When she is not engrossed in love, she can take “eagle’s wings” and can feel the essence of her “feminism unfolding gently” or she can become spiritual and envisage “a long Viking boat” on the waters of the Brahmaputra or she can revisit her old home and muse how “When the fruit grows, the petals fall off/ When man grows, memories fade off” or she can “no longer decipher/ The architectural designs/ Of her feelings” and plunges into “a sea of silence” to crumble “into cosmic dust.” Khadun’s imageries are fantastic and her imagination spell-binding. If at all she falters, but very rarely, it is when she becomes didactic and loses some amount of grip on her craft as in “The school within us” or The Scarecrow.” But these poems too have memorable lines. In “Blood and ink” she says, “I simply love leaning on your verses/ O poet!” It almost echoes the reader’s stance on reading Khadun’s poems. The hidden track the reader has discovered and is surreptitiously travelling has stiles and bushes to lean on and ponder with a smile in the mind’s sanctuary and then to continue the journey blissfully. Very soon the journey itself becomes poetry.

When the reader comes out into the clear there are two more little paths to discover paved by the poems of Koshy and Biswas. Ampat Koshy’s poems are different from Pramila Khadun’s poems is to say it mildly. Reena Prasad says that Koshy’s poems “refuse to be cast into any comfortable mould but rise like yeast does within the reader and spill their beauty all over the place.” In the poem “Aria” he writes most memorably: “The cold of winter penetrates my bones,/ while I play Russian roulette with my life.”  Michele Baron mentions about Koshy’s erudite irreverence and wry humor and it is aptly displayed in his poem “Setting the world on fire.” On the other hand Bina Biswas has bewitching nuances in her poems and she, especially in her shorter poems, is rather mystical. Her poems “Canonization” and “Coincidence” are excellent in that department. Both Koshy and Biswas add something extra to this volume that is a bonus for the readers. It makes the experience of reading poetry pleasurably complete, if there is at all an experience of completeness in reading poetry. The triumvirate adds variety and makes reading well worthy. Igniting Key ignites the poetic sensibility and takes the reader to a plane of bliss. There are a few typos and editing errors but they are not jarring enough to intrude on the pleasure of reading poetry. And all the three poets leave their indelible marks in this volume. This book is highly recommended for poetry lovers.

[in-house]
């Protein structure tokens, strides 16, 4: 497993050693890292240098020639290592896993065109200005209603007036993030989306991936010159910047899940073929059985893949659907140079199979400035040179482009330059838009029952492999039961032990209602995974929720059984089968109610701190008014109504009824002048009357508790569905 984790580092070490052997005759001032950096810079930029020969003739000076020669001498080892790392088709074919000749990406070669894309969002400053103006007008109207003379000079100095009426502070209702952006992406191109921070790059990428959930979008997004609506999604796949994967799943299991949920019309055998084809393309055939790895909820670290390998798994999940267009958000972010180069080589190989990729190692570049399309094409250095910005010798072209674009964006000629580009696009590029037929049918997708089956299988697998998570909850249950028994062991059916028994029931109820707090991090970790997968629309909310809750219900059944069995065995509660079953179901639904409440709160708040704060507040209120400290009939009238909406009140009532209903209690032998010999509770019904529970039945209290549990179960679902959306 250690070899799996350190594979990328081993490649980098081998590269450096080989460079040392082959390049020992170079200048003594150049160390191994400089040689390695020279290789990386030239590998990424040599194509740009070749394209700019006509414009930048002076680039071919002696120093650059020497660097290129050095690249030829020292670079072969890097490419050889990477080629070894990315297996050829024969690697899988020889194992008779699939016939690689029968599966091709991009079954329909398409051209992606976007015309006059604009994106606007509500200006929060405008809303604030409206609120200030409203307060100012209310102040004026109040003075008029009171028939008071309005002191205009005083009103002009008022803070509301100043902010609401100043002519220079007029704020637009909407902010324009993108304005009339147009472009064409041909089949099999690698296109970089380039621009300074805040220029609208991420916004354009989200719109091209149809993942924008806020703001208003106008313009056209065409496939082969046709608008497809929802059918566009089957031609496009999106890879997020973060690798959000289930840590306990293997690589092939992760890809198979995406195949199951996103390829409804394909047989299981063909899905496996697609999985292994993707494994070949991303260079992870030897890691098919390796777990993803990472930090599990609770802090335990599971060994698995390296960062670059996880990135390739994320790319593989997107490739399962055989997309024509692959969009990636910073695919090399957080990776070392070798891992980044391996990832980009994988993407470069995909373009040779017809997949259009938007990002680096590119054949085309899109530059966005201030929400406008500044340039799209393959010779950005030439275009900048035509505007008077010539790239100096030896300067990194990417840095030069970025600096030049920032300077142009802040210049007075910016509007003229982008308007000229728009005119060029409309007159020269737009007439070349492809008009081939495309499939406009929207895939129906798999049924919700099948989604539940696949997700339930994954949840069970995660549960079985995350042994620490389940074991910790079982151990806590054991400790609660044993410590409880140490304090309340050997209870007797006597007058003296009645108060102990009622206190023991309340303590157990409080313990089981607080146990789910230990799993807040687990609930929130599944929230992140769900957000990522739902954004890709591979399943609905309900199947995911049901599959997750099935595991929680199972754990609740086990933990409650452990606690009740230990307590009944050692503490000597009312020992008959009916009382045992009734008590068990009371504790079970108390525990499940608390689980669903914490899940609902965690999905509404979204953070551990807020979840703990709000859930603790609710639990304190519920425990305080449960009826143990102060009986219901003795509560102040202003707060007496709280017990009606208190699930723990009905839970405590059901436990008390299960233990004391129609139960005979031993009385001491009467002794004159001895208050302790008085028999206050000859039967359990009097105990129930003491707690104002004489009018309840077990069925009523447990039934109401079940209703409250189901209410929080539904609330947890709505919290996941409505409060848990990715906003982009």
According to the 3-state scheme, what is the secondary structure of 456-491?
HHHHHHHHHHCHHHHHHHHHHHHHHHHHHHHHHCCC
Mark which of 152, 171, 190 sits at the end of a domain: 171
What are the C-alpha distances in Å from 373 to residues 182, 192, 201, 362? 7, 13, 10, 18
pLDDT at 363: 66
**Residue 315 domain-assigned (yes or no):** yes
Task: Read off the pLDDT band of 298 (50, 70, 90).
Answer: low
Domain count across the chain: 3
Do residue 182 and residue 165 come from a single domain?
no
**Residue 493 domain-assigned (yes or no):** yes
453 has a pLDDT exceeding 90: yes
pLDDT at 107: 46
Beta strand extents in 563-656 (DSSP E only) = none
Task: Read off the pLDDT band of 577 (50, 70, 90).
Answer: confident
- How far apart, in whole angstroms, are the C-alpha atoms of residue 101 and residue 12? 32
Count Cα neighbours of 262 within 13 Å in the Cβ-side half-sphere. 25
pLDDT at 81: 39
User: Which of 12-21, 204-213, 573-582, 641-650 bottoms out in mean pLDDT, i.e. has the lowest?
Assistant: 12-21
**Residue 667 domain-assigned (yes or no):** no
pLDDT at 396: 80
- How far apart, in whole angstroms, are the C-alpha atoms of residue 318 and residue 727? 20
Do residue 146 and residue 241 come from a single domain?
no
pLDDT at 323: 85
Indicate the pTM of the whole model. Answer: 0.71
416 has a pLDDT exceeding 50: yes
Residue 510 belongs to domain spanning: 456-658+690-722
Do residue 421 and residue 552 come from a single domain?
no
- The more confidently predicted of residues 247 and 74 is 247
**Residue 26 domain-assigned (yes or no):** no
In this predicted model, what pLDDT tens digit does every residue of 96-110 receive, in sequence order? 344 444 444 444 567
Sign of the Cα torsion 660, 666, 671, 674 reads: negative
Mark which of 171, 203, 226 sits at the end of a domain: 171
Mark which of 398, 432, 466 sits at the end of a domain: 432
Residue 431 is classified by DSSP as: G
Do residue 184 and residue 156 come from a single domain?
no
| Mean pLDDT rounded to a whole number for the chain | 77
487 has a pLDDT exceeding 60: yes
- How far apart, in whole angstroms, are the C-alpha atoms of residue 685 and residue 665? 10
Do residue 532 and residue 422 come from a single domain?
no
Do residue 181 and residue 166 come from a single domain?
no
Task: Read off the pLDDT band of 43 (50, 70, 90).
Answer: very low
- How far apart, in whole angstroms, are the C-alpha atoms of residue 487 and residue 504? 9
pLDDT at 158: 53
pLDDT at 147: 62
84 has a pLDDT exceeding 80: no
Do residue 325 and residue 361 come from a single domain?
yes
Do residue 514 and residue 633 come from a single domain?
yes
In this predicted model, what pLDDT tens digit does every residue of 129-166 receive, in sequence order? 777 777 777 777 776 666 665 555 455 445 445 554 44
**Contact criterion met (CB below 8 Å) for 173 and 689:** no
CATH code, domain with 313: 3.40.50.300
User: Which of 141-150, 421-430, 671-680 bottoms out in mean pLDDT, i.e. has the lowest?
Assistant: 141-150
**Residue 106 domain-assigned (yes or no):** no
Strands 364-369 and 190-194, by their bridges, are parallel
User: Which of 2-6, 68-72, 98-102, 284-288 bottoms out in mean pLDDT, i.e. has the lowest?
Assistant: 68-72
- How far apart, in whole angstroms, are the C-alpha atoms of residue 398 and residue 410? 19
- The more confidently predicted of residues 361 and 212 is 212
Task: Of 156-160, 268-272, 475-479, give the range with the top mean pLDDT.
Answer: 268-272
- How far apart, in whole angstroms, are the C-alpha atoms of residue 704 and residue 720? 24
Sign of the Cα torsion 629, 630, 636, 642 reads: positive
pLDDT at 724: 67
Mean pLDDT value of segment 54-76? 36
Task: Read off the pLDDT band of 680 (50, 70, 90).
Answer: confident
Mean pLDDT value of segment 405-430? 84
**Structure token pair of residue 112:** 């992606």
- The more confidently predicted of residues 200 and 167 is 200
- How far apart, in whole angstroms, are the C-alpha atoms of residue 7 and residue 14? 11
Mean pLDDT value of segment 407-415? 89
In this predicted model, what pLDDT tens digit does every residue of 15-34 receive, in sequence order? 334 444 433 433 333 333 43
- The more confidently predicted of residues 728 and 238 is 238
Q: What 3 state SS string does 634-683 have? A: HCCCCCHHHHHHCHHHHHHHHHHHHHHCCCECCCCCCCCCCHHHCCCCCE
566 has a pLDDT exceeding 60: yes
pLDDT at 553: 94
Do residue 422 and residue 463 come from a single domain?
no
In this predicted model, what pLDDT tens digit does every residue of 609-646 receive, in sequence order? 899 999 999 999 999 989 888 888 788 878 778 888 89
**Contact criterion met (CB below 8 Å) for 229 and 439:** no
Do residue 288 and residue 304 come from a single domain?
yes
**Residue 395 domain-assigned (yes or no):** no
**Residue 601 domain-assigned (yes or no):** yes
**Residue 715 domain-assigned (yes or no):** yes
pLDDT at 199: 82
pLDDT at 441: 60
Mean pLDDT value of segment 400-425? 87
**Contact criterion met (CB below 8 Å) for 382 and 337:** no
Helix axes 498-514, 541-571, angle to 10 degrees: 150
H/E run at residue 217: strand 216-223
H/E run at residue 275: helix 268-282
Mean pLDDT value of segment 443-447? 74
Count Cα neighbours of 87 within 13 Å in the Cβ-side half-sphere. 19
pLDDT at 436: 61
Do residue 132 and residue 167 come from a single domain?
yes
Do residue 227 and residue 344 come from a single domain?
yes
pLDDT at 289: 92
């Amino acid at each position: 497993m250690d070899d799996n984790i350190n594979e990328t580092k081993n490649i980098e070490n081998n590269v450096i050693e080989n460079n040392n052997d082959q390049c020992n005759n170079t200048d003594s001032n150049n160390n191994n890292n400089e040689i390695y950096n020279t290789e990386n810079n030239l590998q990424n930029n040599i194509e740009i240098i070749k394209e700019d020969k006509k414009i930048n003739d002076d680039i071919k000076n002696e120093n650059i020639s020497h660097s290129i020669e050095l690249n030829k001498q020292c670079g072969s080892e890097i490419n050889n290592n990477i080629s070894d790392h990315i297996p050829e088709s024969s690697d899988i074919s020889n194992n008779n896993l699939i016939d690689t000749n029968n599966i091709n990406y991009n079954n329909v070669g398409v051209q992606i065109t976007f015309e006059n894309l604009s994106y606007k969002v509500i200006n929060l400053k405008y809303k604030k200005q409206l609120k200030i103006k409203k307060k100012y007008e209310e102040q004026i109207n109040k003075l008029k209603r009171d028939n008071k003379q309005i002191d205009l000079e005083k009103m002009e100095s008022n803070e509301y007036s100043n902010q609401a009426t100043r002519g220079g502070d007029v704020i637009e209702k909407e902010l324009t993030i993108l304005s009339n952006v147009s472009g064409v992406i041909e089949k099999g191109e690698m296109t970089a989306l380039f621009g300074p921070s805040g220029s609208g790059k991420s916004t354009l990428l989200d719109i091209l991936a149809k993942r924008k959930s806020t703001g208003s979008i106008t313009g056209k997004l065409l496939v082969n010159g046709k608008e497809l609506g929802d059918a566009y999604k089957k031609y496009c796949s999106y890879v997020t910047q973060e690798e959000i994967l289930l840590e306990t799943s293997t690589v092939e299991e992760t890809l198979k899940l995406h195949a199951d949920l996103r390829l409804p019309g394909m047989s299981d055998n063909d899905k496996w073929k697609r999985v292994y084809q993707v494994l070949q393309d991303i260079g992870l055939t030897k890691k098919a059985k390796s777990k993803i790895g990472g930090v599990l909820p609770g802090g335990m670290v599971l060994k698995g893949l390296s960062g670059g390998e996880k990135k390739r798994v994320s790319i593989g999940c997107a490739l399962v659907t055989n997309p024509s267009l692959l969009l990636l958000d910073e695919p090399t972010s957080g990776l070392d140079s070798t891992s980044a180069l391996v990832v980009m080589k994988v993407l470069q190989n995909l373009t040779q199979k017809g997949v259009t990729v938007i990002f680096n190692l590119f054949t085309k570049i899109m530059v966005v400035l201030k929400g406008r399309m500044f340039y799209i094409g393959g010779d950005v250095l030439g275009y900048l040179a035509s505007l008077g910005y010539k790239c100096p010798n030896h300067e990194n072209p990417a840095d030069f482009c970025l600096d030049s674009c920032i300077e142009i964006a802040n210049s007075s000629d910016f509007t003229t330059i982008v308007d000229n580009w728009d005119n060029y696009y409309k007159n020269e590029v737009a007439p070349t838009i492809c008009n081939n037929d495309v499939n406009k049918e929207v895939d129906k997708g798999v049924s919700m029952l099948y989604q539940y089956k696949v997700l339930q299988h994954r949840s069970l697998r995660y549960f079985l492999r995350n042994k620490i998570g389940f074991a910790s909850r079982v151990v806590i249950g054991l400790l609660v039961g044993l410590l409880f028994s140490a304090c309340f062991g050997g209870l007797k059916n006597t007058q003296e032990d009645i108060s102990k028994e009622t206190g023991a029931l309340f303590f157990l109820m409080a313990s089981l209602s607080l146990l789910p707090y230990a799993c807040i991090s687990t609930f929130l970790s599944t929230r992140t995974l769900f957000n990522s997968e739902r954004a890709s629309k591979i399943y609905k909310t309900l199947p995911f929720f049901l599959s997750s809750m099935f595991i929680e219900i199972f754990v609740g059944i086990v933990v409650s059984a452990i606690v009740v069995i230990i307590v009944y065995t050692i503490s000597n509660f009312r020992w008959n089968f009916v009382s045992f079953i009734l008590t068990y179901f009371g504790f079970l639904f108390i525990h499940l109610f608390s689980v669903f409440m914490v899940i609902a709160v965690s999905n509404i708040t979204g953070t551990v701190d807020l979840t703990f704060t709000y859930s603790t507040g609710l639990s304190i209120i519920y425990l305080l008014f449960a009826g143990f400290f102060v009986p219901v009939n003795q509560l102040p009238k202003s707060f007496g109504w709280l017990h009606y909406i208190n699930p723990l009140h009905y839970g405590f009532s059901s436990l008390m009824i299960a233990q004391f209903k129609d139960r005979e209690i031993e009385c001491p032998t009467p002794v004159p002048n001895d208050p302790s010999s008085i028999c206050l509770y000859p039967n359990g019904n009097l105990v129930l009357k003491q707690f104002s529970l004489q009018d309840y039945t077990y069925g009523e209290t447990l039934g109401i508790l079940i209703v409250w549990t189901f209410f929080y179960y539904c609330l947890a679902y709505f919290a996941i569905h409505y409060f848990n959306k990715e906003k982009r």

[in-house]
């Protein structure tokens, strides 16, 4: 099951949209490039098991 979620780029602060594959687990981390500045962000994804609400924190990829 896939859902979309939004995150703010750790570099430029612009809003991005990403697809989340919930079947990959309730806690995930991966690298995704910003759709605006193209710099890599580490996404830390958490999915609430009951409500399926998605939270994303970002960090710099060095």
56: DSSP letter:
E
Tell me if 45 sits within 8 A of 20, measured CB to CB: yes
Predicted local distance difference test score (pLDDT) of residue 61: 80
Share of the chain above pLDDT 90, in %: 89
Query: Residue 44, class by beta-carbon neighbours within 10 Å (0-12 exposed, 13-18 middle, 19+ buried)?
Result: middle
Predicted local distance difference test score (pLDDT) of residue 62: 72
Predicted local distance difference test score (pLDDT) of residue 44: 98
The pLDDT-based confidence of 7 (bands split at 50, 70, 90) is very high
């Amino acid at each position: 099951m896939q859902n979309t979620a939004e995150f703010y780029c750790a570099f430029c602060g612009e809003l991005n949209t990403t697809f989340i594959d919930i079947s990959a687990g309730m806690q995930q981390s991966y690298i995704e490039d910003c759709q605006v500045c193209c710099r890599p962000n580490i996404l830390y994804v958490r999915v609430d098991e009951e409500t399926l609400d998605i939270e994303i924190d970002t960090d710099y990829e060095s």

About Amit Shankar Saha- Dr. Amit Shankar Saha is a postdoctoral researcher, a critic, a short story writer and a poet. In a previous avatar he was also a guest professor teaching at the distance education programme of Madras University. His love for literature led him to obtain a PhD in English from Calcutta University. His doctoral dissertation is titled “The Indian Diaspora in Transition: Reading Anita Desai, Bharati Mukherjee Sunetra Gupta and JhumpaLahiri.” His research articles have appeared in journals and anthologies nationally and internationally such as Research and Criticism (BHU, India), Families (Kolkata, India), Pegasus (Kolkata, India), Decoding the Silence (Delhi, India), Comparative Literature and Culture (Purdue University, USA), Cerebration (Drew University, USA), DESI: La Revue (Bordeaux University France), Diasporic Consciousness (Germany), Humanicus (Czech Republic) and others. His essays and reviews have appeared in Desilit Magazine, Muse India Boloji, Rupkatha, Langlit Diplomatist, Asian Signature, etc. His short stories and poems have been published in periodicals and books both in India and abroad such as Estrade Magazine, Muse India, Journal of Bengali Studies, The Four Quarters Magazine, Kritya, Indiaree, Writing Raw, Palki, Learning and Creativity, Hall of Poets, Asia Writes, The Dawn Beyond Waste The Red Balloons, Tell Me a Yarn Blessings and others. He has won prizes at a number of creative writing competitions which includes Wordweavers Award Poiesis Award for Literature, The Leaky Pot - Stranger than Fiction Prize, Asian Cha – Void Poetry Prize, and others. He has also written for the Chicken Soup for the Indian Soul series books. He is the co-founder and coordinator of Rhythm Divine Poets group. His website is and he blogs at